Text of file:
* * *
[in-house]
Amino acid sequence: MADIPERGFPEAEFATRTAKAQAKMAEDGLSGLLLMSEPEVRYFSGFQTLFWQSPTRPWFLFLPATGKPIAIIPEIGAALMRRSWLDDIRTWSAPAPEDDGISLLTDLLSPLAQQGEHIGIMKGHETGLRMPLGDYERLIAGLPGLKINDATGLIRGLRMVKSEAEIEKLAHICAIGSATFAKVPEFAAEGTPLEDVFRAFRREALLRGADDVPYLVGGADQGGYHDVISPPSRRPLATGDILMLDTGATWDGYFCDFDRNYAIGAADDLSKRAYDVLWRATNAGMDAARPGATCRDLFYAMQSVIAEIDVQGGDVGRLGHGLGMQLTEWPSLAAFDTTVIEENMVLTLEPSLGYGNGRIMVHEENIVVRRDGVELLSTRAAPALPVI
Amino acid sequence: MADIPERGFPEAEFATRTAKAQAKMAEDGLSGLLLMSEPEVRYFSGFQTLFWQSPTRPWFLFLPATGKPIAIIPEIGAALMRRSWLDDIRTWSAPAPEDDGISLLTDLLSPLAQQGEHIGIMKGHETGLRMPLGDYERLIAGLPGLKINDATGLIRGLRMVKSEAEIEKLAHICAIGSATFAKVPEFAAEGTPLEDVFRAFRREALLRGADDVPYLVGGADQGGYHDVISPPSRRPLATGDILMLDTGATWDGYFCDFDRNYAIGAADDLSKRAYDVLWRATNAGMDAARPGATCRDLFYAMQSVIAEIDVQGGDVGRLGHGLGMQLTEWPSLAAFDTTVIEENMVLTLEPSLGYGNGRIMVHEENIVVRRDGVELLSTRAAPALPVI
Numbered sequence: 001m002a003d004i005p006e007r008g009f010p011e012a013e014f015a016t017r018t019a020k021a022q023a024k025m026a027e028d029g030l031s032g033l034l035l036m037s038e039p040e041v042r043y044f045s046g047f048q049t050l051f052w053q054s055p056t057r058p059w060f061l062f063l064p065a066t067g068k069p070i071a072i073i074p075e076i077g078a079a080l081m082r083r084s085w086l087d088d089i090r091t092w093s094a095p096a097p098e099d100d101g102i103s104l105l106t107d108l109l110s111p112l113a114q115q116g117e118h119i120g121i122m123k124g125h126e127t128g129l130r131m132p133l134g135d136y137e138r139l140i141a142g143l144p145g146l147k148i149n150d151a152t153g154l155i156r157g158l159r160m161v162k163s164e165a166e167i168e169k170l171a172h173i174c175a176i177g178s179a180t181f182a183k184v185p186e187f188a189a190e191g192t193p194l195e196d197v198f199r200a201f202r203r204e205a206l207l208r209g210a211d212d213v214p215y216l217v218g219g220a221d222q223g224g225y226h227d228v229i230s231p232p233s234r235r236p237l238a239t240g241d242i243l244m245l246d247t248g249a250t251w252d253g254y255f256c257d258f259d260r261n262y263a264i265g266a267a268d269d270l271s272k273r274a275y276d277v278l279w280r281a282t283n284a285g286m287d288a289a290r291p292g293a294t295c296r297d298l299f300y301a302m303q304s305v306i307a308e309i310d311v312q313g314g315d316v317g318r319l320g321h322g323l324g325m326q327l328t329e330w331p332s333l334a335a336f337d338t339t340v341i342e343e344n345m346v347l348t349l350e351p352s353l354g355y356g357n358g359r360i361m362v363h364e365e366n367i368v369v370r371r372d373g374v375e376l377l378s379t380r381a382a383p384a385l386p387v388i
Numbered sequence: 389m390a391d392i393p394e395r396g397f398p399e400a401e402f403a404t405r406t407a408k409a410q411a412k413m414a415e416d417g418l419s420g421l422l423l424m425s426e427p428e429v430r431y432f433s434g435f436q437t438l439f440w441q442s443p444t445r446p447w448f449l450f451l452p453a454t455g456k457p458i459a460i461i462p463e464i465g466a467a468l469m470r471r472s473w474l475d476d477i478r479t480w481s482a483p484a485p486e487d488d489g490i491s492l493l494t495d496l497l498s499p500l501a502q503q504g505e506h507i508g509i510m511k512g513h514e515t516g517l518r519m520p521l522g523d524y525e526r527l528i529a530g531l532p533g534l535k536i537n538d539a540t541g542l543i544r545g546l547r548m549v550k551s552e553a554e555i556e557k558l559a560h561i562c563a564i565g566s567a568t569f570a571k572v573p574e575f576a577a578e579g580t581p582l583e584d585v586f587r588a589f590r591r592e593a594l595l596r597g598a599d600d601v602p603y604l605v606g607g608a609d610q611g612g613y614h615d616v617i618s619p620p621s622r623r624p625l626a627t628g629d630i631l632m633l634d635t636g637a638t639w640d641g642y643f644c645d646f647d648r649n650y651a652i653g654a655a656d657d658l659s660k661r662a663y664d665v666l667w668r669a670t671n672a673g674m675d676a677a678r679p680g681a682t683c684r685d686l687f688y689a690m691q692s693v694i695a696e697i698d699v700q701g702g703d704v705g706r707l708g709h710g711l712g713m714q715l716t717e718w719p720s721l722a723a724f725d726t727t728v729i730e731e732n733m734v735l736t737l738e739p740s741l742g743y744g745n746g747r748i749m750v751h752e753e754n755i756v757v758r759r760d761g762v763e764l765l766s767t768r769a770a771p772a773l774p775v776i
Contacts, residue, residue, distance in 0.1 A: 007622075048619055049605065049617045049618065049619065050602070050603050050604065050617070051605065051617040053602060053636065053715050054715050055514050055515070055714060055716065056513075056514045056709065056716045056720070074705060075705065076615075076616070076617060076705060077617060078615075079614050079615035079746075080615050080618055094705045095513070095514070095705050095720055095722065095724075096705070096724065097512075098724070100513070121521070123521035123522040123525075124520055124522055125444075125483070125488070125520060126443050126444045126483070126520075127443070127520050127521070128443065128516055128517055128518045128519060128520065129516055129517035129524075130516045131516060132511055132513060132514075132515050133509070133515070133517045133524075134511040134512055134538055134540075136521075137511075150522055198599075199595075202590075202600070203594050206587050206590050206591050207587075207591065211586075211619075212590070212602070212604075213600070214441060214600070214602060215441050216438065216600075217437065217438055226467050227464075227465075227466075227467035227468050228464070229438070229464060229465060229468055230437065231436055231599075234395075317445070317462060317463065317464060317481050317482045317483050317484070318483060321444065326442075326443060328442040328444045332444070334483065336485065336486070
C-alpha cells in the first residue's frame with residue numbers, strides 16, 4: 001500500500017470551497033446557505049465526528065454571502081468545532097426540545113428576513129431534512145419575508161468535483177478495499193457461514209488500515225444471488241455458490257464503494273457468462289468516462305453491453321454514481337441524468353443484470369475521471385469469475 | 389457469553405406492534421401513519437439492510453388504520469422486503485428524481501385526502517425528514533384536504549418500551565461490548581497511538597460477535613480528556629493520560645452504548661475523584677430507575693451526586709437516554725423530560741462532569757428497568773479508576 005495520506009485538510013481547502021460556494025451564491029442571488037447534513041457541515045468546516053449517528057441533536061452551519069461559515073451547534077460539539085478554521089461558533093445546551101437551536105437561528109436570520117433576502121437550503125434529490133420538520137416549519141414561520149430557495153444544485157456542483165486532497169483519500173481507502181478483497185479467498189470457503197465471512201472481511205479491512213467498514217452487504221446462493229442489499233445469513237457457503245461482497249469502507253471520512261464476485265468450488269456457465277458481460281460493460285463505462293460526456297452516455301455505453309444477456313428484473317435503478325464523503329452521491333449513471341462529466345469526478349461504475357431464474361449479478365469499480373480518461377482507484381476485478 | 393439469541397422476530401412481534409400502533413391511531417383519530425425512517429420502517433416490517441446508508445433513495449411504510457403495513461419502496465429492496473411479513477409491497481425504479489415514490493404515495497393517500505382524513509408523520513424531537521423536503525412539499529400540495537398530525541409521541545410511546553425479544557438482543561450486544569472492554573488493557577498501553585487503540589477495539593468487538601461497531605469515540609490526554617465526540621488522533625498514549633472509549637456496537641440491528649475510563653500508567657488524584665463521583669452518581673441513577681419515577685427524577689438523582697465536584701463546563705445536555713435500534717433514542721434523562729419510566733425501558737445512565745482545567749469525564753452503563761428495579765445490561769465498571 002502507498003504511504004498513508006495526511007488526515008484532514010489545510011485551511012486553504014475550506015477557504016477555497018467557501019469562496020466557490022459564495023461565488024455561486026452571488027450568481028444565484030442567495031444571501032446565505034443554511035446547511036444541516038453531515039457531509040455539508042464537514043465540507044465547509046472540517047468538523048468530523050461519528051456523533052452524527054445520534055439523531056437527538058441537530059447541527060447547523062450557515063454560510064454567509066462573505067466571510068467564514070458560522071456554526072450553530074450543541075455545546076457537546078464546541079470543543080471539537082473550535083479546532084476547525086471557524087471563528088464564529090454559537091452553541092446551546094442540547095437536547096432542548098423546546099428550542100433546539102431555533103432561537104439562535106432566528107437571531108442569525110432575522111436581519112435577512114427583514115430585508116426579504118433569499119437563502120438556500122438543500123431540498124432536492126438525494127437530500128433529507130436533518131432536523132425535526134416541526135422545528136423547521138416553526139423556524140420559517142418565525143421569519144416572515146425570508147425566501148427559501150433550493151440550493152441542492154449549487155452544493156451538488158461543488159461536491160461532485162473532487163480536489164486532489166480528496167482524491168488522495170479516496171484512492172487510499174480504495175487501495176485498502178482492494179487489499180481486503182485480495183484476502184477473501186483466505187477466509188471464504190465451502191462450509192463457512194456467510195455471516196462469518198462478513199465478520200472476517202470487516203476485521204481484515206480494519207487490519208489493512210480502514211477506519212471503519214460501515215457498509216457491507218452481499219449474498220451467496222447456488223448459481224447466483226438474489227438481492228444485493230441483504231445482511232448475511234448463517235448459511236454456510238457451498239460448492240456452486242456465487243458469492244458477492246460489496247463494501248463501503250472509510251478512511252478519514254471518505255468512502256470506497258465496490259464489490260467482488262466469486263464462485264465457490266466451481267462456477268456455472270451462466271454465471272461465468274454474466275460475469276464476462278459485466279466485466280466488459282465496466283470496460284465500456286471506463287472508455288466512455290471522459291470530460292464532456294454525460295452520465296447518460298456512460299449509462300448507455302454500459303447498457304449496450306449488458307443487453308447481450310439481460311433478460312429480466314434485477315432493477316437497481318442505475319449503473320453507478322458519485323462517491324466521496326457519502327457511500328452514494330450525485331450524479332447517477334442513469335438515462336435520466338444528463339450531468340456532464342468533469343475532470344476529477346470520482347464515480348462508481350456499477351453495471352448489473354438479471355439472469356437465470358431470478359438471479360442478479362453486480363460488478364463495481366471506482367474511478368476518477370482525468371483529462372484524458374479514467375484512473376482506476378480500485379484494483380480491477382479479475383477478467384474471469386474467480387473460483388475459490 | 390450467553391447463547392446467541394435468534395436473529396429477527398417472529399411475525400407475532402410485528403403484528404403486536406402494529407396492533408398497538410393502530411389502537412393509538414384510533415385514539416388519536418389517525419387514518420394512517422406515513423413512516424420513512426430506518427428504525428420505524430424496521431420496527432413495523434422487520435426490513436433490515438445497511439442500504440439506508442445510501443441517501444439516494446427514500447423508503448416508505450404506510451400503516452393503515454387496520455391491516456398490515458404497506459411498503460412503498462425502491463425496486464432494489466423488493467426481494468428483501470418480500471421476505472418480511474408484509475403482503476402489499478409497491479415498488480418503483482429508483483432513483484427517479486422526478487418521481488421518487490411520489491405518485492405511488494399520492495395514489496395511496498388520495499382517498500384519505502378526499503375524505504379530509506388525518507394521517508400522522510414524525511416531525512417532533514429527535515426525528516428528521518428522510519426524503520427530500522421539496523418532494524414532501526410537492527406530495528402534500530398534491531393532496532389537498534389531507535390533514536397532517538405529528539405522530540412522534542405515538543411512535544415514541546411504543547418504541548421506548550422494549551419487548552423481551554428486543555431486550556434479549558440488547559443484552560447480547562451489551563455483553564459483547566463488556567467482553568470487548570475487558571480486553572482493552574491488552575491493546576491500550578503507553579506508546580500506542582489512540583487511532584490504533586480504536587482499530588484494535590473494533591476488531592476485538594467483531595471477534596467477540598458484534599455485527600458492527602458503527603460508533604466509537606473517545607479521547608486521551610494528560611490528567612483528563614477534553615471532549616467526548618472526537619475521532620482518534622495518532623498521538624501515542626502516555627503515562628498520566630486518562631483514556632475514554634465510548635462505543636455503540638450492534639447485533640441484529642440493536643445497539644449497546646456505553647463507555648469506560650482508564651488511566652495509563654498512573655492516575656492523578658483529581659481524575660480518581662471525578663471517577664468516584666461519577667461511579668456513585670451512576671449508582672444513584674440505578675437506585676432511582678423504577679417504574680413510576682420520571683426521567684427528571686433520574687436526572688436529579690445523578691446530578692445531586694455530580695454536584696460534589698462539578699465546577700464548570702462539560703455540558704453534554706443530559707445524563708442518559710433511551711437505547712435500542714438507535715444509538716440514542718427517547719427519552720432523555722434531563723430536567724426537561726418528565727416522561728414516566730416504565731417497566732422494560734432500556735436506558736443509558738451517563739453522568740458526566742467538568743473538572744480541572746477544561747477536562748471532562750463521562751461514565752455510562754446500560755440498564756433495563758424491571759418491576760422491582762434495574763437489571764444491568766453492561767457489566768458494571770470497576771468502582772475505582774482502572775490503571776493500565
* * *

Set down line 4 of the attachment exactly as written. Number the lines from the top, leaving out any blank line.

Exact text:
Numbered sequence: 001m002a003d004i005p006e007r008g009f010p011e012a013e014f015a016t017r018t019a020k021a022q023a024k025m026a027e028d029g030l031s032g033l034l035l036m037s038e039p040e041v042r043y044f045s046g047f048q049t050l051f052w053q054s055p056t057r058p059w060f061l062f063l064p065a066t067g068k069p070i071a072i073i074p075e076i077g078a079a080l081m082r083r084s085w086l087d088d089i090r091t092w093s094a095p096a097p098e099d100d101g102i103s104l105l106t107d108l109l110s111p112l113a114q115q116g117e118h119i120g121i122m123k124g125h126e127t128g129l130r131m132p133l134g135d136y137e138r139l140i141a142g143l144p145g146l147k148i149n150d151a152t153g154l155i156r157g158l159r160m161v162k163s164e165a166e167i168e169k170l171a172h173i174c175a176i177g178s179a180t181f182a183k184v185p186e187f188a189a190e191g192t193p194l195e196d197v198f199r200a201f202r203r204e205a206l207l208r209g210a211d212d213v214p215y216l217v218g219g220a221d222q223g224g225y226h227d228v229i230s231p232p233s234r235r236p237l238a239t240g241d242i243l244m245l246d247t248g249a250t251w252d253g254y255f256c257d258f259d260r261n262y263a264i265g266a267a268d269d270l271s272k273r274a275y276d277v278l279w280r281a282t283n284a285g286m287d288a289a290r291p292g293a294t295c296r297d298l299f300y301a302m303q304s305v306i307a308e309i310d311v312q313g314g315d316v317g318r319l320g321h322g323l324g325m326q327l328t329e330w331p332s333l334a335a336f337d338t339t340v341i342e343e344n345m346v347l348t349l350e351p352s353l354g355y356g357n358g359r360i361m362v363h364e365e366n367i368v369v370r371r372d373g374v375e376l377l378s379t380r381a382a383p384a385l386p387v388i